Second, 99Rise targets the Court because, ironically, it gets them tons of free press attention. It often costs a lot of money to get the word out about a cause. Taking out advertisements would be really expensive. But because Supreme Court proceedings are not videotaped, 99Rise gets a lot of free press coverage when it sneaks cameras into the courtroom, films its protests, and releases the video of the protest and subsequent arrests. The protests have draw coverage from most major media outlets. The press even covers the group's decision not to have a protest. And 99Rise doesn't have to pay a dime for any of it. I guess you could put it this way: Their strategy is to do newsworthy things to get the word out without having to pay for it, all to stop other people from getting the word out by paying for it.
There have been three protests so far. In each, one or more protesters stands up and starts speaking about 99Rise's causes. The protesters are carried away by court security officers, and the event is filmed by someone else in the group who has brought a hidden video camera inside the courtroom. The video is then packaged up and released to the public for all interested parties to see.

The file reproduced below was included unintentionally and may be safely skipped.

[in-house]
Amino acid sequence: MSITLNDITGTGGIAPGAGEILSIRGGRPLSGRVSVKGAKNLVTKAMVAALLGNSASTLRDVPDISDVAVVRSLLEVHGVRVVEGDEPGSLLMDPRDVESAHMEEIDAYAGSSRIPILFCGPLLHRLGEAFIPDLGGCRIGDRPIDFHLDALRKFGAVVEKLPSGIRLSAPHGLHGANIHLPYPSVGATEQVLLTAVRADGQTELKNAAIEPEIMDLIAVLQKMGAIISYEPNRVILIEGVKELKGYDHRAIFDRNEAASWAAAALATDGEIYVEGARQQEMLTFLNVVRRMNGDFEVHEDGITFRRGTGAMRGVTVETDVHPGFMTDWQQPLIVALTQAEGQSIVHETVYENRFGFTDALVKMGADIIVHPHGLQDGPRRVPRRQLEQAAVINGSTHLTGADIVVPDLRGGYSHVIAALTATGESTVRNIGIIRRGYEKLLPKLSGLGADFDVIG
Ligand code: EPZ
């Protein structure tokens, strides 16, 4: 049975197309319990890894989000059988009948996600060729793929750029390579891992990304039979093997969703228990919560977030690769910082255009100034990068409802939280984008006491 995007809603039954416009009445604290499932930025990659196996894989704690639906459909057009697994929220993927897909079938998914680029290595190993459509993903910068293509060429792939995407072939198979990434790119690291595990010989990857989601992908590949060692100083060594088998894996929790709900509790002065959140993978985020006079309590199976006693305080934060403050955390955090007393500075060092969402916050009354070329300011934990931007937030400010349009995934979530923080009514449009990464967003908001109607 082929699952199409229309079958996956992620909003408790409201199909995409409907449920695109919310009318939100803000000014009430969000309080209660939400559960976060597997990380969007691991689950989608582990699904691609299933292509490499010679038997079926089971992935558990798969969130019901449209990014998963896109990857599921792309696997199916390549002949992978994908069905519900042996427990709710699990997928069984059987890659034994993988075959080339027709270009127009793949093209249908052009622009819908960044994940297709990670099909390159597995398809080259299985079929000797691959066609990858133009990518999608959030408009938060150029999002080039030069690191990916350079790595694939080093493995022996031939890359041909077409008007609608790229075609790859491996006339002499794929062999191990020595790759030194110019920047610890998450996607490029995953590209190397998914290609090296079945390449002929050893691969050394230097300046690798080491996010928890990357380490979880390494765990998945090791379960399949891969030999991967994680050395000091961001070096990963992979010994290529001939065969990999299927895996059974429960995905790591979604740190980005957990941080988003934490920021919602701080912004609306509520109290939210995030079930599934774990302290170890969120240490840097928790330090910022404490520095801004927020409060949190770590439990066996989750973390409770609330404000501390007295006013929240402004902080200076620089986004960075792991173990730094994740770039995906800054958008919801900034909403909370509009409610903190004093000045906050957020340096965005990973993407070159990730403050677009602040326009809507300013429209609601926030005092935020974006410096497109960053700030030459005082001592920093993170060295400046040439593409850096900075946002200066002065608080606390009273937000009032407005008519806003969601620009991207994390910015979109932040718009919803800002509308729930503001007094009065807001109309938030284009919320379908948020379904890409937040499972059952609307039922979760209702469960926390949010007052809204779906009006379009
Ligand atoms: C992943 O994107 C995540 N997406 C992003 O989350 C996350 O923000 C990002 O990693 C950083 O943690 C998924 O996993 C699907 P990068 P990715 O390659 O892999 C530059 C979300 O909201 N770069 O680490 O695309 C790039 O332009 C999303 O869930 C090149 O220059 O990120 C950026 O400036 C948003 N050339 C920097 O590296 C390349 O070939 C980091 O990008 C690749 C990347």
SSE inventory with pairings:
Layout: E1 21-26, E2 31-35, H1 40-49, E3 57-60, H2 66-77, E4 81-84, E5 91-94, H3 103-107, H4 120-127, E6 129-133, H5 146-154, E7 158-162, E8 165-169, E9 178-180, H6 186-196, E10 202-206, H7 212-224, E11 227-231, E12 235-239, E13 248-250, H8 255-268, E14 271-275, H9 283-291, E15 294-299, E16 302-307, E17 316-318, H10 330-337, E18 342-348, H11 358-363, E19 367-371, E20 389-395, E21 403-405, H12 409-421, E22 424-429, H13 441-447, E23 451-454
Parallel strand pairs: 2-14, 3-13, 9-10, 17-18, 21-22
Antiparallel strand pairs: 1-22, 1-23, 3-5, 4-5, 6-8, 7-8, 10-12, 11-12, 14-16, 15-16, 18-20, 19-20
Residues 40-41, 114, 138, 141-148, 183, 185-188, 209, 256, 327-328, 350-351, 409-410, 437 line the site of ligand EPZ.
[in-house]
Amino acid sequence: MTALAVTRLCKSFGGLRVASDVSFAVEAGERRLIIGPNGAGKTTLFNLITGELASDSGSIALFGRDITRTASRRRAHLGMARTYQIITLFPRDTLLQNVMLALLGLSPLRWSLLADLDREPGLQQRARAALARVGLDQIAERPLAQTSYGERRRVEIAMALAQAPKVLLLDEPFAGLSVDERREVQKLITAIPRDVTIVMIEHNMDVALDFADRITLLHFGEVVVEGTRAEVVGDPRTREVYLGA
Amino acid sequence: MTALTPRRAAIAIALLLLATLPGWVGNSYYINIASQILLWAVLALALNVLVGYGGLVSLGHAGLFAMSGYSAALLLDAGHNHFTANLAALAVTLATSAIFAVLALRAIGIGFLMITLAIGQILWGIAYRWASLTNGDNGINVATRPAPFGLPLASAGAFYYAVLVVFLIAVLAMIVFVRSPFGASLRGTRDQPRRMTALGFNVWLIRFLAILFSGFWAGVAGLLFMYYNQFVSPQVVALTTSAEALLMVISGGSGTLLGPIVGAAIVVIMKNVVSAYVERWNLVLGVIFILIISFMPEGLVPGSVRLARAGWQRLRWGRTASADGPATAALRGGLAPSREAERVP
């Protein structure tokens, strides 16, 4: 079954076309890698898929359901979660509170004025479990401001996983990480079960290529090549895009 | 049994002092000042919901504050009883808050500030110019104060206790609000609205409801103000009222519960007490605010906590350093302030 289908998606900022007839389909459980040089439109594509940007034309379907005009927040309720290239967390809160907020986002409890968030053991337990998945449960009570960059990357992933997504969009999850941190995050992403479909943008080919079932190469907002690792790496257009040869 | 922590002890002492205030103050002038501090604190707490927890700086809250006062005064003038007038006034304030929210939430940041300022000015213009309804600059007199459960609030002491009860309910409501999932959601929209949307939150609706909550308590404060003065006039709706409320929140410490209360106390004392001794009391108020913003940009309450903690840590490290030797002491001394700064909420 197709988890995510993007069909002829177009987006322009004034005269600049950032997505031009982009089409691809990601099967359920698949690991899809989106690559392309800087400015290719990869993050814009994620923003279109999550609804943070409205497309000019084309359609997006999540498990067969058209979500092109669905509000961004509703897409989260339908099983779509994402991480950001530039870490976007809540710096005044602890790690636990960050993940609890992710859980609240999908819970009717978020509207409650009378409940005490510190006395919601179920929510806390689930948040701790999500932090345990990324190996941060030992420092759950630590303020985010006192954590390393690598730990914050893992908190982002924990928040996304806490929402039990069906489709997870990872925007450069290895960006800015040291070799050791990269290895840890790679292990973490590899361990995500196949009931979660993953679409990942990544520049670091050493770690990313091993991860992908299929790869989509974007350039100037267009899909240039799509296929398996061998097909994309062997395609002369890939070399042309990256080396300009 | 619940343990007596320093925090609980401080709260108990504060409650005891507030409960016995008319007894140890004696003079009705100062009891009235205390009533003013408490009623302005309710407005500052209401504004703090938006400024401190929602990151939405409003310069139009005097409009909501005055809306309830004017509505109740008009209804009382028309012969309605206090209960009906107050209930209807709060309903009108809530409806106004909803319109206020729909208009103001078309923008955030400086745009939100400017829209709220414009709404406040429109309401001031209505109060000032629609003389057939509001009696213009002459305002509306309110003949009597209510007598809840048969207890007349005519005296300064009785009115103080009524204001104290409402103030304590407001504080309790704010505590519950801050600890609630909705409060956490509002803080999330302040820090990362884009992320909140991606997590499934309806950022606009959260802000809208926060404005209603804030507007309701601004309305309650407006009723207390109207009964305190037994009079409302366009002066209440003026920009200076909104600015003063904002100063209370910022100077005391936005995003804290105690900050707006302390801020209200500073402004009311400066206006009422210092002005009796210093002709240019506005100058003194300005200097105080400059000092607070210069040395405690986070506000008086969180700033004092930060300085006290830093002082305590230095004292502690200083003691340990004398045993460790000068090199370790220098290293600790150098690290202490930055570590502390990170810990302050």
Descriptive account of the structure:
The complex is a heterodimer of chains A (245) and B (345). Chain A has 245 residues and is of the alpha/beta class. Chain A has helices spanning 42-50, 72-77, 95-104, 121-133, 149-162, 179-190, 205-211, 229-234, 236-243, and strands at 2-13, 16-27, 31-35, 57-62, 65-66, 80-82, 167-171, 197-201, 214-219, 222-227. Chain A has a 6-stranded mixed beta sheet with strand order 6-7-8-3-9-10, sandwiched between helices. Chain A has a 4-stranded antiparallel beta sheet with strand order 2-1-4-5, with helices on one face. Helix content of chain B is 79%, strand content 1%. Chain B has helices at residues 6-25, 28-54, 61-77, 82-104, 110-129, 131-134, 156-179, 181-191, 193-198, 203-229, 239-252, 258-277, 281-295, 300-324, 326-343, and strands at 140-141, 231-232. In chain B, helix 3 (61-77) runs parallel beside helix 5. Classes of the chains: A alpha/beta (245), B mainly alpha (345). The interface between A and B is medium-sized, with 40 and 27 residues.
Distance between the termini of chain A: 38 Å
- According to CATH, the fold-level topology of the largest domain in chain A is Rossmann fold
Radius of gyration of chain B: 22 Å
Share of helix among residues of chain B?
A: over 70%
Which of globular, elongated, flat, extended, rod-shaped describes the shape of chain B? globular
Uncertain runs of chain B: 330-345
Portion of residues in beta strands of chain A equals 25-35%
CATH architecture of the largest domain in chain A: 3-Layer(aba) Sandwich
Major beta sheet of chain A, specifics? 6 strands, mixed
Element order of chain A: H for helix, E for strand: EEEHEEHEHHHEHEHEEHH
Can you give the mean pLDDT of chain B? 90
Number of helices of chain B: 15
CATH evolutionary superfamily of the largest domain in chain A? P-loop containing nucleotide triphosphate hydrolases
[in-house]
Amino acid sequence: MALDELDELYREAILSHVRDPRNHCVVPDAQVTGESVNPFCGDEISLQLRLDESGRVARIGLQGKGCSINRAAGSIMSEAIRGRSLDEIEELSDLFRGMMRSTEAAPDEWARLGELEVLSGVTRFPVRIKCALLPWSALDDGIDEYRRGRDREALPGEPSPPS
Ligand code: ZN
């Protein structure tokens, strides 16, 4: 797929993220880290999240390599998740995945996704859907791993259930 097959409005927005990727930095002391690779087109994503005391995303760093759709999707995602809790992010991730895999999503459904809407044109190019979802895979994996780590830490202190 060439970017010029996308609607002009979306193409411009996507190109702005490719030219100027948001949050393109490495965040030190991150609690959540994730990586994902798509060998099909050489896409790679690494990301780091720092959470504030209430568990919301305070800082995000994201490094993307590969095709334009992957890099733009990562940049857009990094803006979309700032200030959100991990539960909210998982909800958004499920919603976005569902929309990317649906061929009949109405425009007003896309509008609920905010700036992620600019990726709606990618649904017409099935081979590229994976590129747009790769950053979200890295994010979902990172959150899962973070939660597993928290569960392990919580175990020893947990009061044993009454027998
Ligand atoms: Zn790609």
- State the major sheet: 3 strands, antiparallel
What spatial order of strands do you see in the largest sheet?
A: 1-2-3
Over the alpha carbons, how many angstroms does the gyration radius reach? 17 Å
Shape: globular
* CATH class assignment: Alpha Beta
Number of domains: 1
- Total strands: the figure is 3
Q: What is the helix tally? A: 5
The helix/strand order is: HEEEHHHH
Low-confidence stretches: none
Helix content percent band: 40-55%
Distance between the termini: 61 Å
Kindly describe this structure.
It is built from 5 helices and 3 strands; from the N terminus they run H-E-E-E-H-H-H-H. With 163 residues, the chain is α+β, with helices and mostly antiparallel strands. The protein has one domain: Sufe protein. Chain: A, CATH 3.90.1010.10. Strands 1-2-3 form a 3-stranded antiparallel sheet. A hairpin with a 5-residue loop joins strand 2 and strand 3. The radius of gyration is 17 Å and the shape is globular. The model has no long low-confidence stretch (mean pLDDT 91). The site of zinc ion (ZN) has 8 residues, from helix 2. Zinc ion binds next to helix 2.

The first protest was in February 2014. The video, available here, has over 350,000 hits. The second protest was on January 21, 2015, and can be watched here. Below you'll find a picture of the protesters from the two protests together. The guy in the black shirt is Kai Newkirk, the 99Rise co-founder who was the protester in 2014. The folks in the white shirts are the protesters from the January 2015 protest. They call themselves "the Supreme Court 7."
Finally, the last of the three protests was Wednesday of this week. The video is below:
And here's a photo of the five protesters arrested this time:
III. The Punishments Meted Out, or Pending, For The First Two Protests
We're now approaching the big question: What's the proper punishment, if any, for the latest round of 99Rise protestors? But before we get to that, you may want to consider the punishments in the earlier rounds of 99Rise protesters. (Almost there, I promise—this part is quick.)